Introducing young children to gaming can be a much trickier task than it initially may seem. Not necessarily because they don’t want to play video games, of course. It’s more the case that console gaming can tend to be too tricky for the younger generation by default. Luckily, Nintendo has done a grand job at getting the little ones involved by implementing assist features in titles such as Mario Kart 8 Deluxe and Super Mario Odyssey. Watching my four year old gain confidence as she slowly hones in on her motor skills around the sandy landscapes of Tostarena sure makes a Dad gamer proud. So, when I got wind of an educational children’s game dropping on the Nintendo Switch I jumped at the chance to see if it may be of interest to her. Result! It was! Well… for about five minutes anyway.
It’s Spring Again aims to teach young children about the four seasons and the effect that they have on the ecosystem. The game, if you can call it that, set me up to look like a big silly billy as I tried every button on the Joy-Con several times when trying to start the blooming thing. I even detached them from the Joy-Con Grip to give them a waggle and wave, which, to no surprise, didn’t work. My daughter was already beginning to get restless at this point and advised me to send it back because it was broken. It wasn’t, of course, it just doesn’t inform you that it’s a touch screen-only game, which, in hindsight, does make sense.
Once I had solved that brain-wrecking conundrum with the power of sheer intelligence and common sense, I handed over the screen to my daughter and let her go wild. She seemed to enjoy knocking the fruit out of the trees in Summer and browning the leaves in Autumn as she tapped away at the screen with her sticky, chocolate-covered fingers. The female narrator who guides the young player drops basic knowledge on the cause and effect of how each season works. The problem is, once Winter ends, so does the game and there really is nothing else left to do besides let the whole thing run its course again.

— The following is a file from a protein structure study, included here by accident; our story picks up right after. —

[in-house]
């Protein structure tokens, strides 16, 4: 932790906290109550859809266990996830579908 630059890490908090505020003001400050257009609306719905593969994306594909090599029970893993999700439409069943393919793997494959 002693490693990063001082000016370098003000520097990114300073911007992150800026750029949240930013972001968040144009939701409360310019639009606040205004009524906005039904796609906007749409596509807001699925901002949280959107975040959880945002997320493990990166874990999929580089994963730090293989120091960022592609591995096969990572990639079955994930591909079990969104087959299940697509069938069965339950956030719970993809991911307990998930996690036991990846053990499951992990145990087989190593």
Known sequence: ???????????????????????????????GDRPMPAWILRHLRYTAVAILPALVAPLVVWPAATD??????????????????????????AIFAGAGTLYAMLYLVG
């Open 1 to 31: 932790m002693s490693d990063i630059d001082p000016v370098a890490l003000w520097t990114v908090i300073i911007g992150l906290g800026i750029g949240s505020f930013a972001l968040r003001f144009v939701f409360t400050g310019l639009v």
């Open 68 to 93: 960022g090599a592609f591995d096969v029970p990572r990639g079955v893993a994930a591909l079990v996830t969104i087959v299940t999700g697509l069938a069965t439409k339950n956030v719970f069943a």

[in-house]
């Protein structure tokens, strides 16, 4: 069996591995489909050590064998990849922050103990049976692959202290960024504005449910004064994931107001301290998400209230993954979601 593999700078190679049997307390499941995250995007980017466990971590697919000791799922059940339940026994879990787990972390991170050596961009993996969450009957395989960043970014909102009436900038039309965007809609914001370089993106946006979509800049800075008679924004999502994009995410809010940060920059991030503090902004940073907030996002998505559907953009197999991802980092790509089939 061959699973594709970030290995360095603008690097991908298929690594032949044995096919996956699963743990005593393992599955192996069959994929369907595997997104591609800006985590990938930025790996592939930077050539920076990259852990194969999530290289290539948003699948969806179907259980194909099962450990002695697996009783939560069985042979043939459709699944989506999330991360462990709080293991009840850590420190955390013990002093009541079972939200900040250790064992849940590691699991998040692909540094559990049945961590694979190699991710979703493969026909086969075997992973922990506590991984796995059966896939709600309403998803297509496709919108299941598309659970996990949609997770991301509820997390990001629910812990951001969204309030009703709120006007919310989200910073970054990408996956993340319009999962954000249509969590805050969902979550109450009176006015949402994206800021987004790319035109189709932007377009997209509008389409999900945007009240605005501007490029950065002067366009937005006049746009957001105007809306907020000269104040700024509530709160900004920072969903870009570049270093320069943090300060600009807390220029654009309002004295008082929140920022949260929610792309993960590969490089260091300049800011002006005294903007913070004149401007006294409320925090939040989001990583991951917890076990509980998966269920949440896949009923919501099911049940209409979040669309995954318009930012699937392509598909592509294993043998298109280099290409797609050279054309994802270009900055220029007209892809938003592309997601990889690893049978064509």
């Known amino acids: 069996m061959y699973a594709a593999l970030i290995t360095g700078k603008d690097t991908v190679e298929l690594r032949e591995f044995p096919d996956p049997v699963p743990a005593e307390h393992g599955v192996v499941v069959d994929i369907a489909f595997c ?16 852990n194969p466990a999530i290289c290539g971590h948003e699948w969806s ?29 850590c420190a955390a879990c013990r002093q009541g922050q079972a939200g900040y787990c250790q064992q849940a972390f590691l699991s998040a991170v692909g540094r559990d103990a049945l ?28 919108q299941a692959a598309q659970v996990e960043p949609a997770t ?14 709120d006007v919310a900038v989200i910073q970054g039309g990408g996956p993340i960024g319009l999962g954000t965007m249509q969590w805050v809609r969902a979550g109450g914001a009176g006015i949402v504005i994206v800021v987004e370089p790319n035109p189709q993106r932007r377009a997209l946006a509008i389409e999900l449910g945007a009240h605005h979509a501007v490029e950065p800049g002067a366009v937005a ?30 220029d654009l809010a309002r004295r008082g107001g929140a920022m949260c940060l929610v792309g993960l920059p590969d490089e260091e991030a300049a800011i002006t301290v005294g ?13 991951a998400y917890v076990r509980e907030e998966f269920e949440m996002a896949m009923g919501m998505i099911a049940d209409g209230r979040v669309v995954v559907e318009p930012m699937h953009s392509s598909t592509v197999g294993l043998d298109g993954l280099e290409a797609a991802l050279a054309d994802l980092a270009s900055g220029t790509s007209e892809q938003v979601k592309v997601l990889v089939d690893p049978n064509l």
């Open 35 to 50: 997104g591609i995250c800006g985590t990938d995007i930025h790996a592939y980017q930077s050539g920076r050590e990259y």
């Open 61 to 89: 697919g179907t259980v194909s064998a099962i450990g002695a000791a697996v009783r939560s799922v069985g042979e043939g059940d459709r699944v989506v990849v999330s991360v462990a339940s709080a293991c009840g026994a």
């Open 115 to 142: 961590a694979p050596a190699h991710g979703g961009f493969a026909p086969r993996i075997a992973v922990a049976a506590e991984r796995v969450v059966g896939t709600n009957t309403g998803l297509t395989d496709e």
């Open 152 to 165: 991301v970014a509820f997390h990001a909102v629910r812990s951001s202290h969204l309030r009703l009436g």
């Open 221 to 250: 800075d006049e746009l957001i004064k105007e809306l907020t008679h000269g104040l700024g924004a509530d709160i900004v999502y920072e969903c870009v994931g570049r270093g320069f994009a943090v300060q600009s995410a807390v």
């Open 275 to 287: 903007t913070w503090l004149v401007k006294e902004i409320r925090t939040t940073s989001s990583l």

It wasn’t a joke when I said that it entertained my daughter for only five minutes, because the game literally takes that long to see and do absolutely everything there is to offer. At least the art style is nice enough with its storybook charm and pastel colours. I’ve got to admit though, the glaring eyes of the land and sun did freak me out quite a bit. The sound to accompany the art is just as reclined as its visuals with a soothing lullaby chime. Although, if anything, this just made those dead eyes staring back at me look even more sinister as a result. So, yeah… that’s pretty much it really. Tap the sun to do stuff, game ends, off you pop.
To put it mildly, It’s Spring Again is a complete waste of time. It doesn’t do anything new or different to teach children any better than what a good walk in the park or a picture book can provide. In fact, you’re better off with CBeebies or a few videos on YouTube Kids if you want your children to learn something but can’t be bothered teaching them yourself. Yes, I know, it’s aimed at two year olds as the recommended age group, complete with an added auto run feature to cater for that fact. However, in all honesty, I would rather they dribble all over a £50 Amazon Kindle Fire HD rather than pay a pointless 79p download on a £280 gaming console.
Version Tested: Nintendo Switch
Review copy provided by Sometimes You